I noticed this because I set my homepage to the AI Countdown clock, which is based on this question. It's deeply unnerving.

Seems to me like we might be underestimating the probability that an influx of new users will drive it up some.

Would anyone who codes be interested in doing a Metaculus-centric Hackathon sometime? "Met-hack-ulus"?

As more outbreaks become self-sustaining and begin their exponential growth phase, there will be fewer cases with any link to China. I suspect that this number will decline rapidly enough that WHO will drop it from the sitreps within a few days. The only question is thus what will it be by the time the drop is made?

Almost literally every time I see some news relevant to a question, I copy the link and rush over to Metaculus, only to find that @Jgalt has already posted it. You are incredible!

@kokotajlod Write it up and see if metaculus agrees!

@(Tamay) By 2020-01-20, there were [282 cases and 6 deaths reported](https://www.who.int/docs/default-source/coronaviruse/situation-reports/20200121-sitrep-1-2019-ncov.pdf) by the WHO. However, according to the [*Clinical Features*](http://dx.doi.org/10.1016/S0140-6736(20)30183-5) paper, those 6 must have been a part of the original 41 infections analyzed throughout December, implying a mortality rate of of ~15%. Because of this, I think we should launch the question on the number of deaths, or clone the modified version of this question with the scale r...

@Sylvain Let's consider some reasons why it might not be desirable:

  1. It could increase the onus of question construction, resulting in a reduction in the number of questions written.
  2. It could cause questions to become somewhat more formulaic, leaving less opportunity for questions with creative structures (e.g. How Impeached Will Trump Be?)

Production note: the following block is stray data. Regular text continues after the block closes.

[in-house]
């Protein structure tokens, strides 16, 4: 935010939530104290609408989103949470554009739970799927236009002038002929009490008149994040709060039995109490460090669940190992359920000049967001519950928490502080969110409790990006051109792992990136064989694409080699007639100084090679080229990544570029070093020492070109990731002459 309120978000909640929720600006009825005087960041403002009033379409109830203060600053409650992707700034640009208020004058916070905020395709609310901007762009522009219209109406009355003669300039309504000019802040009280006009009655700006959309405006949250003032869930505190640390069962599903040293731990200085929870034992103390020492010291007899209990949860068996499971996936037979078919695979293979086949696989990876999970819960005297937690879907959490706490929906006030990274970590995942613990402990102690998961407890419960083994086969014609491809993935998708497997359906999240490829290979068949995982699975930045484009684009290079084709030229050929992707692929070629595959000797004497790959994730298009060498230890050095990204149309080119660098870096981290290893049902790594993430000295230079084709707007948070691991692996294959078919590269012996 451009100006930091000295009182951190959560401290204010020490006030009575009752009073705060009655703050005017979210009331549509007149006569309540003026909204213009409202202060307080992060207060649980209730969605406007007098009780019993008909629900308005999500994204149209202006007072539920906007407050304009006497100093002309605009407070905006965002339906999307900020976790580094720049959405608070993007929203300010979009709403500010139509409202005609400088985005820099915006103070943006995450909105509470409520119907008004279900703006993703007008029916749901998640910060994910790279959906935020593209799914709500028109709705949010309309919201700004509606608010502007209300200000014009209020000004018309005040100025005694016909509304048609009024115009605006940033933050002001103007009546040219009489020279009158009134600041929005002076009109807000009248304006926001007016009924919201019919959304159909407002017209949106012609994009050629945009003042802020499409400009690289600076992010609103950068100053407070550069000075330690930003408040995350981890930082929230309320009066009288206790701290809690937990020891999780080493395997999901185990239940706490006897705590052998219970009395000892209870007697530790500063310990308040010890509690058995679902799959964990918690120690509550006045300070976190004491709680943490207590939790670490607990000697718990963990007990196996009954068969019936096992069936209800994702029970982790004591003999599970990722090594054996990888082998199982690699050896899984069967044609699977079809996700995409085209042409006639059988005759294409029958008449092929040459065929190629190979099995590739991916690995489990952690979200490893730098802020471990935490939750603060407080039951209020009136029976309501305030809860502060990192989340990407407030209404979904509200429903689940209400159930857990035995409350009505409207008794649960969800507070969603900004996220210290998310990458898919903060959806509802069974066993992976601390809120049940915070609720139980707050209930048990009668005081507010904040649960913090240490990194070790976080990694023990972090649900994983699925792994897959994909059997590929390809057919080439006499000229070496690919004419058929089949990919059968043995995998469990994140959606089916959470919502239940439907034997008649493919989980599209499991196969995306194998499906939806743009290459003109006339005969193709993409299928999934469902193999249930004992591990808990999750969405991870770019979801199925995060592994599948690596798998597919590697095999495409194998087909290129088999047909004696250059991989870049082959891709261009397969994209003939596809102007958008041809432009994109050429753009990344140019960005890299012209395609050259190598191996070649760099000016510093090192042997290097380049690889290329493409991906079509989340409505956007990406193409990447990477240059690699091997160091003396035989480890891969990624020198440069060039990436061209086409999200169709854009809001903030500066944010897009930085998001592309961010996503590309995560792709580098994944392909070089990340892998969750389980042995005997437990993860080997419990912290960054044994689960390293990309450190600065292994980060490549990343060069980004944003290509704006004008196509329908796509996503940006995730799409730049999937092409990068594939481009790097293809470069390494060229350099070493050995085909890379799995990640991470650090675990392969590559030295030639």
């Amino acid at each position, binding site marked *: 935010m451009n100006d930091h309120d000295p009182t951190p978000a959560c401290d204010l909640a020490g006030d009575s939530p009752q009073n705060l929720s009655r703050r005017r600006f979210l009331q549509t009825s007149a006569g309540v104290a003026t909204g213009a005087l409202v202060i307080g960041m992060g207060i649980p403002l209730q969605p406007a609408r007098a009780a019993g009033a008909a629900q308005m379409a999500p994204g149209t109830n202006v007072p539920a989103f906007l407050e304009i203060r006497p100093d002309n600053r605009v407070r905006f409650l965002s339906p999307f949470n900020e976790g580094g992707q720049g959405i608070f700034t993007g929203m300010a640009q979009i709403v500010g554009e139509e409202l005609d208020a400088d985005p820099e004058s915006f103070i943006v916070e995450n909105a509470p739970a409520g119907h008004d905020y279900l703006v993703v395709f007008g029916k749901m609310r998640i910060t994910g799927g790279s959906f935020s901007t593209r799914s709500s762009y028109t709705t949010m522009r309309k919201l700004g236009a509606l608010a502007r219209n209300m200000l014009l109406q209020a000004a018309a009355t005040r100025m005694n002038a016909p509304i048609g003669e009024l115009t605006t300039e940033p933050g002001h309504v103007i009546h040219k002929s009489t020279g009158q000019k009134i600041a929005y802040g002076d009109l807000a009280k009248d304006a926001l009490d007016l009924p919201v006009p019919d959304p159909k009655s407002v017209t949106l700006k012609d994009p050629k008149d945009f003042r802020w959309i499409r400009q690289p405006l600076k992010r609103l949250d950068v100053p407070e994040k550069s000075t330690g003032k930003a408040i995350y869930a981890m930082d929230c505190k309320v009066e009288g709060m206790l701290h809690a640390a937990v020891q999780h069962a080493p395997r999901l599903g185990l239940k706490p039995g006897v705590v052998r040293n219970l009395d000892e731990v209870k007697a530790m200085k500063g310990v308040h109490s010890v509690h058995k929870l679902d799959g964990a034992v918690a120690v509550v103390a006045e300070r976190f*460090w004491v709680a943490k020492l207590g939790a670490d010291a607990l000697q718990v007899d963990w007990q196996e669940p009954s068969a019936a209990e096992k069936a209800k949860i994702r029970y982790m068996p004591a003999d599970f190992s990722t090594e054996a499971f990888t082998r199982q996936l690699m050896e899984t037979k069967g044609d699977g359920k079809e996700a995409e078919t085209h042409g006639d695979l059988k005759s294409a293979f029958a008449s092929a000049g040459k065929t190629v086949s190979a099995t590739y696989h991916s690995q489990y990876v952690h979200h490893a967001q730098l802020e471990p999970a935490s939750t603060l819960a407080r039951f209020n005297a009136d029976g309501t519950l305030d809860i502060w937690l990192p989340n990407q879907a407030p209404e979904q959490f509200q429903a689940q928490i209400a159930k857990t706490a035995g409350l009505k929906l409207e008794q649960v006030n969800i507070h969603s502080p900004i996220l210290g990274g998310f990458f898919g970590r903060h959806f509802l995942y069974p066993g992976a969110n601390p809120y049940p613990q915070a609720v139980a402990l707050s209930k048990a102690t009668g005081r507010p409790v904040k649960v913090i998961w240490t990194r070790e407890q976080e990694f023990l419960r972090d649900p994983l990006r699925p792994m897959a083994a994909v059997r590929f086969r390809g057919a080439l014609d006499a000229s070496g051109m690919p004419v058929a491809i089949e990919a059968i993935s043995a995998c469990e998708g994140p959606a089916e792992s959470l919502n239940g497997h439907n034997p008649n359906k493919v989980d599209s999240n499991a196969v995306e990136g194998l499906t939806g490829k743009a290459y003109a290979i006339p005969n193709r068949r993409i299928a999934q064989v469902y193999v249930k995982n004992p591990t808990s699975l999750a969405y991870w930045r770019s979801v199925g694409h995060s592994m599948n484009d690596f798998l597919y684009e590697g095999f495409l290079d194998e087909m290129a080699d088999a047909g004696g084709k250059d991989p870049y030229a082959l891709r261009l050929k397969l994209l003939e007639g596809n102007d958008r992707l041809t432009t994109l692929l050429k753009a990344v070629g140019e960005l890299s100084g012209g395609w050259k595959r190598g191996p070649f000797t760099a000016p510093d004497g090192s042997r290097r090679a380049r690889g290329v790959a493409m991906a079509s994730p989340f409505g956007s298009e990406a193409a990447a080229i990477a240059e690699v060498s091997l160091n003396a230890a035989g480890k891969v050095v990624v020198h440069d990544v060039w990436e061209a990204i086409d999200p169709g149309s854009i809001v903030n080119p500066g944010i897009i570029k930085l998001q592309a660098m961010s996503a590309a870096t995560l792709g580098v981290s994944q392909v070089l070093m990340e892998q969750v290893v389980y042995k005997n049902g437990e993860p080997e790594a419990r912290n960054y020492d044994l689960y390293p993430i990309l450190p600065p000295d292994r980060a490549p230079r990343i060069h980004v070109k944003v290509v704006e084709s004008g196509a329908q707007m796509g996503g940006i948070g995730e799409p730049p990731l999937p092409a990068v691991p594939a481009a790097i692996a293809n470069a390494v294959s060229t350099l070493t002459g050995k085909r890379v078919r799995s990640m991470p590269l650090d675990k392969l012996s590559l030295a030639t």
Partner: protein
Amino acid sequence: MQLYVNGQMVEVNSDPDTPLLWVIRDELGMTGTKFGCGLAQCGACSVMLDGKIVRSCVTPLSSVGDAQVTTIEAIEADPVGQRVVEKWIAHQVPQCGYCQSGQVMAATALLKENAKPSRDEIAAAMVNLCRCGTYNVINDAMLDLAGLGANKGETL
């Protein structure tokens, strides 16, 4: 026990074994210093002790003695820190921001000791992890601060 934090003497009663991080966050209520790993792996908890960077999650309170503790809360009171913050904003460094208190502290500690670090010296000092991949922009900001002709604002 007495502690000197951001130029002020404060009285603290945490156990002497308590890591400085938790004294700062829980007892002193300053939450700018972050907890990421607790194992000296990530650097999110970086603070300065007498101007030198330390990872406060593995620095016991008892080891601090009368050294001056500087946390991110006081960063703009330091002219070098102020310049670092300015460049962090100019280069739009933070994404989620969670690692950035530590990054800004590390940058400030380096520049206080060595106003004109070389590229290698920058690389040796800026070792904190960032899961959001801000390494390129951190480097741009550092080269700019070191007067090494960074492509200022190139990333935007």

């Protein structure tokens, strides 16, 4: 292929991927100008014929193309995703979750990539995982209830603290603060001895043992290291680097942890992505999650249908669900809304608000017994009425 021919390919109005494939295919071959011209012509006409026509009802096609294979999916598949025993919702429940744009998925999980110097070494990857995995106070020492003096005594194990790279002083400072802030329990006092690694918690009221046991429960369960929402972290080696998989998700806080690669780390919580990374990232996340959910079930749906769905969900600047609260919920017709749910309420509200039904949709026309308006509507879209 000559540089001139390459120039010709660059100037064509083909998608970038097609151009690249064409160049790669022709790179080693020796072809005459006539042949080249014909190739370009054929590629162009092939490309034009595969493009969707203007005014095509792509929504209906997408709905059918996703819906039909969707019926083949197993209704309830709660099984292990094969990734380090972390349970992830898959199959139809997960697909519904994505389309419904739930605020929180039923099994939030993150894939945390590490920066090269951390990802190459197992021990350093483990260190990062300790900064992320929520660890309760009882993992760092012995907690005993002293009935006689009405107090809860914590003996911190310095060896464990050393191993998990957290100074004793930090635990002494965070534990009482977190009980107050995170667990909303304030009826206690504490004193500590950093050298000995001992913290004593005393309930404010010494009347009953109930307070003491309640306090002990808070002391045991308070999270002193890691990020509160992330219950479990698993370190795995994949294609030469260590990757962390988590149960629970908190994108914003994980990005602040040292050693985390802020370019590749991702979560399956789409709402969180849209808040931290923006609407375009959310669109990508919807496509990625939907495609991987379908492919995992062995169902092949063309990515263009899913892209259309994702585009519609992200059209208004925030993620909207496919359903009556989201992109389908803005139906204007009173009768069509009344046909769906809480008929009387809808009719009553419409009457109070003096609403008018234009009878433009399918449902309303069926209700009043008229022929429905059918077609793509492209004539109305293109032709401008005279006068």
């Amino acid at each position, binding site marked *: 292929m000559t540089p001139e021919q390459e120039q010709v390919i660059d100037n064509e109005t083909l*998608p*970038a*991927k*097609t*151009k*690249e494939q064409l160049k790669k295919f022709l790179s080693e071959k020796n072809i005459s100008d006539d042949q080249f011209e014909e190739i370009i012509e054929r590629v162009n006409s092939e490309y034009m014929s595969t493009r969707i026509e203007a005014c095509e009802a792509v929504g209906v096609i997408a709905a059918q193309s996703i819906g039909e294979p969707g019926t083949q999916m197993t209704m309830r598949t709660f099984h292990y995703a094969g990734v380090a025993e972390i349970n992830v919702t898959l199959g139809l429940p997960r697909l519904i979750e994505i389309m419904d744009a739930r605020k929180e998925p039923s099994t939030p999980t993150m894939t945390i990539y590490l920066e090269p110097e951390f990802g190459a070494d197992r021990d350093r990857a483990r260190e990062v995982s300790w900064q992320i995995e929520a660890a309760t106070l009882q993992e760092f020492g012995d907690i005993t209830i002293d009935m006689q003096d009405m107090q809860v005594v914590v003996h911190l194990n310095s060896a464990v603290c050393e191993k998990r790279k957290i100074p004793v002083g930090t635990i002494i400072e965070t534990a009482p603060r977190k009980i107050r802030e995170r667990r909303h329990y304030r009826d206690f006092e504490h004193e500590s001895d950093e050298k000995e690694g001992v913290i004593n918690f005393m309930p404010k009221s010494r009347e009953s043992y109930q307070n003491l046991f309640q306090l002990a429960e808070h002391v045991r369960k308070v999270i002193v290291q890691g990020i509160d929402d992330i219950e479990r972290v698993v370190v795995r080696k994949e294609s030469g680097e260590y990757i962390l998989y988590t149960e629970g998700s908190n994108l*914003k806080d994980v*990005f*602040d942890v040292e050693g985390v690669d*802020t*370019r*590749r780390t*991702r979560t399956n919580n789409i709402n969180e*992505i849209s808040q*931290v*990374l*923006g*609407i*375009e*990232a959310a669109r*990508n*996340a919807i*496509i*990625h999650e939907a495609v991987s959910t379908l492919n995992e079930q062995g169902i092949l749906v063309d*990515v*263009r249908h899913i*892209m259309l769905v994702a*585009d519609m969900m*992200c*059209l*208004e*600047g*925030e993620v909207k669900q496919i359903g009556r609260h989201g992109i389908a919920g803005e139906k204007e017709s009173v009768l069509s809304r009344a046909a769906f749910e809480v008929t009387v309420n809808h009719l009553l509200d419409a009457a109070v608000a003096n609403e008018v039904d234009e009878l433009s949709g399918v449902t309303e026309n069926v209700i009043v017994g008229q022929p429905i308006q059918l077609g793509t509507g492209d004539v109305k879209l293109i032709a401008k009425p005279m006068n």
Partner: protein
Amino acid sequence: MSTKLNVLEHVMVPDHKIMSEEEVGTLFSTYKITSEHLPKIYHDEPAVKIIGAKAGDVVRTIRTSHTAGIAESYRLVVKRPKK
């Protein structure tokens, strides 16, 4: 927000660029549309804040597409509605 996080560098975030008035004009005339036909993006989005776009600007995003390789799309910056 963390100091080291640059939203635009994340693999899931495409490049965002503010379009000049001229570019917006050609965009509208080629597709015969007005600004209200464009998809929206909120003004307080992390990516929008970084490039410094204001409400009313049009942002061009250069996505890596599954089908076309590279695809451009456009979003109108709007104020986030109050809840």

Neither of these strikes me as sufficiently compelling, important, or likely to be dissuasive.

Metaculus Swag Shop. In particular, would like:

  1. T-shirt with logo and a QR code on the back linking to https://metaculus.com/questions
  2. Hoodie
  3. Coffee Mug
  4. Laptop stickers
  5. Autographed copies of Cosmological Koans...

The value of the clock is how threateningly close it feels to midnight. If we actually get there, it's sort of like giving up. The marketing value of it would immediately dissolve. Accordingly, I predict that the BAS will never do it, and this question will be resolved ambiguously.

There have been [614 papers in the first 56 days of 2020](https://scholar.google.com/scholar?q=%22Climate+engineering%22+OR+%22geoengineering%22+OR+%22Solar+radiation+management%22+OR+%22Stratospheric+Particle+Injection%22+OR+%22Stratospheric+aerosol+injection%22+OR+%22Marine+cloud+brightening%22+OR+%22Ocean+sulfur+cycle+enhancement%22&hl=en&as_sdt=0%2C5&as_vis=1&as_ylo=2020&as_yhi=2020). Assuming this proportion holds, we should expect ~4000 papers. But I don't think this is as strong a basis for prediction as linear extrapolation from prior years, whic...

@DanielFilan IMO, one of Metaculus' greatest weaknesses is the lack of short-fuse questions, making it very unrewarding for newbies. Election questions have the advantage that they don't require very long term investments of attention to pay off.

Elon Musk Prediction Heuristic: take his timeline, and double it. If he suggests in 2016 that a mission to Mars with humans will launch in 2024, look for that mission to actually occur around 2032. There will be 5 oppositions before this question is resolved, of which the latter three are actually the least optimal for missions (purely in terms of distance). So there are a few good reasons to think it might not work out within Musk's aggressive timeline.

It has been 54 days since this question posted, during which time the number has dropped from 836 to 833, implying a background rate of -3/54. Assuming this is just "business-as-usual", we should expect around 20 fewer employees at resolution time, or roughly 806. It appears ordinary employee traffic is highly unlikely to trigger the positive resolution.

@Cory Improved bookmarklet a lot. On binary questions it should work in a pretty intuitive way. For range questions, it outputs the 0-1 normalized mean, spread, and weight for each component. (Still figuring out how those get translated back to the range.)